Firearms law: the way forward
The recent Law Commission report on updating our firearms law made some important recommendations. David Frost takes a closer look
From the firearms point of view, 2015 was a busy year. The report of Her Majesty’s Inspectorate of Constabulary into firearms licensing was released in September. To nobody’s surprise, it revealed serious shortcomings in the way the police manage the licensing process. Its publication coincided with a symposium held by the Law Commission as part of its consultation process prior to issuing recommendations on updating firearms law. The symposium was well attended by the shooting organisations, police, lawyers and other interested parties.
The Commission listened carefully to what was said and its report, published in December, has generally been welcomed by the shooting organisations. Fundamentally, as readers will be aware firearms law is overly complicated. There are more than 30 Acts governing the possession and use of firearms. In addition, there is plentiful secondary legislation that affects ownership and use.
I estimate that the 1968 Firearms Act has been amended on average once every 14 months. Rationalisation and simplification is long overdue.
Some of what follows may look familiar. That’s because much of it has been discussed by the late lamented Firearms Consultative Committee (whose re-establishment the Law Commission recommends) and is incorporated in the Home Office guidance. However, the guidance is not law and is often disregarded by police and judges.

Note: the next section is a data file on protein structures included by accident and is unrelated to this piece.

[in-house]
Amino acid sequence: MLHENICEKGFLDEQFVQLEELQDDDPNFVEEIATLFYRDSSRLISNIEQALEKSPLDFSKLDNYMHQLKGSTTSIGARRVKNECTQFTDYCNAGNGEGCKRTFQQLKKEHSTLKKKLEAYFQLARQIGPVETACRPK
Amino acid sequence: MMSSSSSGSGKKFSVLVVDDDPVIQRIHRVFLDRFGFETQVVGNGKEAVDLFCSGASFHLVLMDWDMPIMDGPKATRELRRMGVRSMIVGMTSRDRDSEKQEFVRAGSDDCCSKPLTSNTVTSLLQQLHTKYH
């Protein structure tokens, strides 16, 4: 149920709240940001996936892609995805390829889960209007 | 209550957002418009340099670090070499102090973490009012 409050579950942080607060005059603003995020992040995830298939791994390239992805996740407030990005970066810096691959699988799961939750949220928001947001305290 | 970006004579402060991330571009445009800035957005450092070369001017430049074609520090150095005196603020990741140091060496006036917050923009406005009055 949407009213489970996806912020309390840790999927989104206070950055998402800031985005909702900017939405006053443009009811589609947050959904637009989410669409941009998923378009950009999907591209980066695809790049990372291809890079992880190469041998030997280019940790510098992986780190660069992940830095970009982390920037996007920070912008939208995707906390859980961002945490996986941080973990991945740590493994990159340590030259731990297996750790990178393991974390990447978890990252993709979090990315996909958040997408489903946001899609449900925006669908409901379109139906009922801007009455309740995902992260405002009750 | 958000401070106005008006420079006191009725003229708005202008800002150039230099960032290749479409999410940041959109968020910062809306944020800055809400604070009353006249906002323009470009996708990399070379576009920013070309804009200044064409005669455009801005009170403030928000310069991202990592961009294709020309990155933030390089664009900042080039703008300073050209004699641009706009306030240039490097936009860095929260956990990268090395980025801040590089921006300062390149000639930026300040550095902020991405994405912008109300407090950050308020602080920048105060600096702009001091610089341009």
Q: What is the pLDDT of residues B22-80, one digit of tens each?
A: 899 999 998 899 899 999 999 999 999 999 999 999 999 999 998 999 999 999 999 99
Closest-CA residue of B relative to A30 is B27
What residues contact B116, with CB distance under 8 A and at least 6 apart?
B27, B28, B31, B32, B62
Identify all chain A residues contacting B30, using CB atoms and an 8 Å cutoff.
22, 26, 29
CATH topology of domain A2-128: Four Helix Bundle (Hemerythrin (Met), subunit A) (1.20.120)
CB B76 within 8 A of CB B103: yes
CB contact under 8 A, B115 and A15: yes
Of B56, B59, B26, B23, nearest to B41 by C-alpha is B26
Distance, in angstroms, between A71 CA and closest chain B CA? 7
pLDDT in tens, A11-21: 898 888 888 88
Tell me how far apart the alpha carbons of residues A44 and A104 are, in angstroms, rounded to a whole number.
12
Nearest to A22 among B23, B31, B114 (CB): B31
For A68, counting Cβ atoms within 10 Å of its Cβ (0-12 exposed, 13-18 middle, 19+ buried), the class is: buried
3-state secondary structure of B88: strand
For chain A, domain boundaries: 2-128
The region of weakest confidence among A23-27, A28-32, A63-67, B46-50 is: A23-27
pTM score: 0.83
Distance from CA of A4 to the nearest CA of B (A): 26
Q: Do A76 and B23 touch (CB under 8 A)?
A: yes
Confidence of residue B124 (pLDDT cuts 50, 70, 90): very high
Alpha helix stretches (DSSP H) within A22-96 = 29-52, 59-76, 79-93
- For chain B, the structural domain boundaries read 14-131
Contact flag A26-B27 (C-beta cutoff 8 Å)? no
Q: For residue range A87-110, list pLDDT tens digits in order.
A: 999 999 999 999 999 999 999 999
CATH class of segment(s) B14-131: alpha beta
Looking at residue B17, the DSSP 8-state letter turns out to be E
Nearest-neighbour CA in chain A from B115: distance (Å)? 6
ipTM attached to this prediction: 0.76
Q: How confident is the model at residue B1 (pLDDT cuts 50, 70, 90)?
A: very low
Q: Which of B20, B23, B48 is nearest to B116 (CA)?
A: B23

Proposed limit of “lethality”
The Law Commission looked in detail at some areas that pose problems for owners, the police and the courts. First for consideration was lethality. The law does not define this, but the Commission recommends a figure of one joule (about 0.75ft/lb), except for airsoft (a sport using guns that fire non-metallic pellets) where the figure would be 2.5 joules. You might wonder why the proposed limit is not set at 2.5 joules overall, but this appears to be a case of the Scottish and Northern Irish tails (where airguns have to be on certificate) wagging the English and Welsh dogs. Surely that’s not what devolution is about?